Those four words.
I see these posted everywhere, particularly social media – Twitter, Reddit, you name it.
In fact, I’m 100% positive I’ve heard MYSELF say it to someone.
And in a way, it’s become a default phrase that people tend to use – when someone is really struggling, having a relapse or a breakdown, or feel like there’s no will to carry on with life.
In a way, it’s almost synonymous to when people say “Things will get better.” It’s reassuring, and is exactly what someone like me would want someone to say to me during a difficult time. You start to believe that things “can only go up”, even if for some people, things never do improve.
(And that’s not just me being cynical – for some people, life DEFINITELY doesn’t get any better)
However, when someone says “It’s lying to you”, it’s implying that what is going up *in there* is an entirely different entity to what actually happens – i.e. “You’re overthinking. What your mind is saying won’t happen. I promise.”
And for the most part, I’d agree. What I think in my head is completely different to real life.
But sometimes what we think can become reality.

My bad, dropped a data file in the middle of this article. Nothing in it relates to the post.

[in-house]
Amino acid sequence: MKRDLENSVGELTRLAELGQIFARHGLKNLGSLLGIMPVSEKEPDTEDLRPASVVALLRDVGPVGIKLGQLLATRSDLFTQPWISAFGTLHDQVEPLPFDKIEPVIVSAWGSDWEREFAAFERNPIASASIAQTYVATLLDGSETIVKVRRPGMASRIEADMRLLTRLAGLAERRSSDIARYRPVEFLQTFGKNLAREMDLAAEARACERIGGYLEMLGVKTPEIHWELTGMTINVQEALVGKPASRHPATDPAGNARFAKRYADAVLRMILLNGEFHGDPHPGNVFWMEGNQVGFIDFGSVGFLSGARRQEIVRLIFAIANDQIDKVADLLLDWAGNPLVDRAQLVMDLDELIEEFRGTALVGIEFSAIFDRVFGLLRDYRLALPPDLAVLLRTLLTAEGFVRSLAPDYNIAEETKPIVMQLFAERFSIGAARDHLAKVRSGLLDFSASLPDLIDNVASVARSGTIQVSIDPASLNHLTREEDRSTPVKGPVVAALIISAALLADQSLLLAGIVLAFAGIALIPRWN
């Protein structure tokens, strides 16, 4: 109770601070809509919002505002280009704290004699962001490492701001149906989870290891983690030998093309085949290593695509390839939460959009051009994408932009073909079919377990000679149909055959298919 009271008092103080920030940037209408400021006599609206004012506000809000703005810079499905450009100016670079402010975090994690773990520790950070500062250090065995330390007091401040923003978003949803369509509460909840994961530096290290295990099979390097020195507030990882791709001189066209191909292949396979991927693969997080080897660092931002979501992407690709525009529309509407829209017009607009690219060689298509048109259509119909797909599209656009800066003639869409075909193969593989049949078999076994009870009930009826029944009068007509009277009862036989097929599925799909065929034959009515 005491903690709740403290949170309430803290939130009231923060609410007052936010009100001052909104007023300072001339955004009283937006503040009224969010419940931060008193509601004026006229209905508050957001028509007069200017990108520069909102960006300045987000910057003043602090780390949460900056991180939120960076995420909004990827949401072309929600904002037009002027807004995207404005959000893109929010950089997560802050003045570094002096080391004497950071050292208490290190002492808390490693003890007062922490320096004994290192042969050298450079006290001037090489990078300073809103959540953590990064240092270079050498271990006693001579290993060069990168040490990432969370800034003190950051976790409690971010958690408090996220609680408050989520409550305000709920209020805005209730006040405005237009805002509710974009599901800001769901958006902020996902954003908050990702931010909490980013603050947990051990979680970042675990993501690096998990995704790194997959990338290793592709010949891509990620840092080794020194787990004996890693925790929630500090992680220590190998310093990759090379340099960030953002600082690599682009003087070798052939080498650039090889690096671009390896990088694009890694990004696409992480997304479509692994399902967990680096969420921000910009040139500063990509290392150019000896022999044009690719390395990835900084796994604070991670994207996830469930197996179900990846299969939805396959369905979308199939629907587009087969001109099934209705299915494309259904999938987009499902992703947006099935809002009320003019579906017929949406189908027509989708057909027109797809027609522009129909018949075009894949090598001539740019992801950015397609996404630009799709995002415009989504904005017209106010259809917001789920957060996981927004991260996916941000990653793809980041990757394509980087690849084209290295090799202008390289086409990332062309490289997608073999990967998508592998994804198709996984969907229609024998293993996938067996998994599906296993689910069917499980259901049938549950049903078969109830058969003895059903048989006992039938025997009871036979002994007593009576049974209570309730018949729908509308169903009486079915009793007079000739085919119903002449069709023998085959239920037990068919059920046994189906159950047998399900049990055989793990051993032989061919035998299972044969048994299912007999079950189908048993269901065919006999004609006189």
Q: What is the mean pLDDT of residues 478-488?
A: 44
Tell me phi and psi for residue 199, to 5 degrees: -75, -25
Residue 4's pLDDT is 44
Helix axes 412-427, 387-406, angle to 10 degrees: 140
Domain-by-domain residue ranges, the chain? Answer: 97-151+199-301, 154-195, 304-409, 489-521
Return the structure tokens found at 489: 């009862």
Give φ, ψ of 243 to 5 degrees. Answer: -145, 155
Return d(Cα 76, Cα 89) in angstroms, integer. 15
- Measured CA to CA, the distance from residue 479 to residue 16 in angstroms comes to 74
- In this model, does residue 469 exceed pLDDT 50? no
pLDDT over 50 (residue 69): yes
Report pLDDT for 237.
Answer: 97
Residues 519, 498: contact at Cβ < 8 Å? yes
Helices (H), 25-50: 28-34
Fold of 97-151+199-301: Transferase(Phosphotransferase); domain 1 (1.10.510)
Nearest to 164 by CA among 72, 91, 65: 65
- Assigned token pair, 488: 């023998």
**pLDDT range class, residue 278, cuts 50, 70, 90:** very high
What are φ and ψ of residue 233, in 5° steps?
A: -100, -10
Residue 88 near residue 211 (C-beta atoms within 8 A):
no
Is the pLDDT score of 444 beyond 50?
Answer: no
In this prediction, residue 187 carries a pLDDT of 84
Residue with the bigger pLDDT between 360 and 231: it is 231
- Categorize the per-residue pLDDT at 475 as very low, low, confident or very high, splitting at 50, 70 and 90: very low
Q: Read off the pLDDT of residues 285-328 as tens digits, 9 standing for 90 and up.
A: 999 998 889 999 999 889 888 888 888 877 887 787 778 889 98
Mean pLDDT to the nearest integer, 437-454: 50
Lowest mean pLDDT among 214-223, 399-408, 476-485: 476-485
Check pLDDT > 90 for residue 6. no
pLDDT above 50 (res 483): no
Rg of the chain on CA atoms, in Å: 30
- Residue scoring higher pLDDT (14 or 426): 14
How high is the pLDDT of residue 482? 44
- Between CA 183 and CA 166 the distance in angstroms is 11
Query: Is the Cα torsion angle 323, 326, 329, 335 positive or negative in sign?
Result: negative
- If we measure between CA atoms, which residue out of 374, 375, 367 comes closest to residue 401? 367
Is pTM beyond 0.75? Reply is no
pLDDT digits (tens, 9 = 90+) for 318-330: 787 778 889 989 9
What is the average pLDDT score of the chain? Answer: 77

Let me give you an example. Just over a month ago, I wrote a poem titled “My Biggest Fear“, which revolves around the theme around my fear of loneliness, and that now that I’ve left college, I’m going to isolate myself from my friends and never talk to anyone again and become a lonely, emotional mess.
Fast forward a month, and I’m quite possibly the loneliest I’ve felt in a long while. I’m going through another mental health relapse. I can’t sleep (hence this post at 1am in the morning). I feel like a failure – no job, no potential. I have nothing. I feel absolutely shit about life. I feel anger, even over the smallest of things.
And now I’m sat here, thinking “I called it. I called this a month ago, and I knew it was happening. I could see it. I felt it. So my brain WASN’T lying to me then? And why didn’t I do anything about it?”
All I’m suggesting is that maybe we shouldn’t just “disregard” our thoughts so easily. If we have a thought that seems like it could happen, make note of it. Do something about it that prevents it from happening.
If that makes sense (I’ve got no idea, to be honest; I’m so sleep-deprived and got no idea if I’m making any kind of sense)
Yeah, I think I just need to sleep.